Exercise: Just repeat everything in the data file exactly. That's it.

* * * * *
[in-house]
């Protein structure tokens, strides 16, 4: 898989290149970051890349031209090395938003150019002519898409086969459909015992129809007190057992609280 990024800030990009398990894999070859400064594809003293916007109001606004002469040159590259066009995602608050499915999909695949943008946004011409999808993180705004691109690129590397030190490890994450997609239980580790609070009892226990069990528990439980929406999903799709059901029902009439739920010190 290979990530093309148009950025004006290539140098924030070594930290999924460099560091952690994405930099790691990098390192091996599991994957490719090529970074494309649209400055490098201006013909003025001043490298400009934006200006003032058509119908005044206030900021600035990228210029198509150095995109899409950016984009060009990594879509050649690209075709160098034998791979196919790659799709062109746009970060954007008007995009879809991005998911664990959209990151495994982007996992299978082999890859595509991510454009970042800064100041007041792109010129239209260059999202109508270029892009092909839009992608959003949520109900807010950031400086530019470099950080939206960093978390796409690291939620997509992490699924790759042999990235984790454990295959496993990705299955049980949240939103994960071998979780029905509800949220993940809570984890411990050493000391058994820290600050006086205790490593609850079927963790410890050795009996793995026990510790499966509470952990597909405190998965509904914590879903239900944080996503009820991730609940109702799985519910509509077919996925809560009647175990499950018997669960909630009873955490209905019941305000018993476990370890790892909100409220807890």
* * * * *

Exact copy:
[in-house]
């Protein structure tokens, strides 16, 4: 898989290149970051890349031209090395938003150019002519898409086969459909015992129809007190057992609280 990024800030990009398990894999070859400064594809003293916007109001606004002469040159590259066009995602608050499915999909695949943008946004011409999808993180705004691109690129590397030190490890994450997609239980580790609070009892226990069990528990439980929406999903799709059901029902009439739920010190 290979990530093309148009950025004006290539140098924030070594930290999924460099560091952690994405930099790691990098390192091996599991994957490719090529970074494309649209400055490098201006013909003025001043490298400009934006200006003032058509119908005044206030900021600035990228210029198509150095995109899409950016984009060009990594879509050649690209075709160098034998791979196919790659799709062109746009970060954007008007995009879809991005998911664990959209990151495994982007996992299978082999890859595509991510454009970042800064100041007041792109010129239209260059999202109508270029892009092909839009992608959003949520109900807010950031400086530019470099950080939206960093978390796409690291939620997509992490699924790759042999990235984790454990295959496993990705299955049980949240939103994960071998979780029905509800949220993940809570984890411990050493000391058994820290600050006086205790490593609850079927963790410890050795009996793995026990510790499966509470952990597909405190998965509904914590879903239900944080996503009820991730609940109702799985519910509509077919996925809560009647175990499950018997669960909630009873955490209905019941305000018993476990370890790892909100409220807890």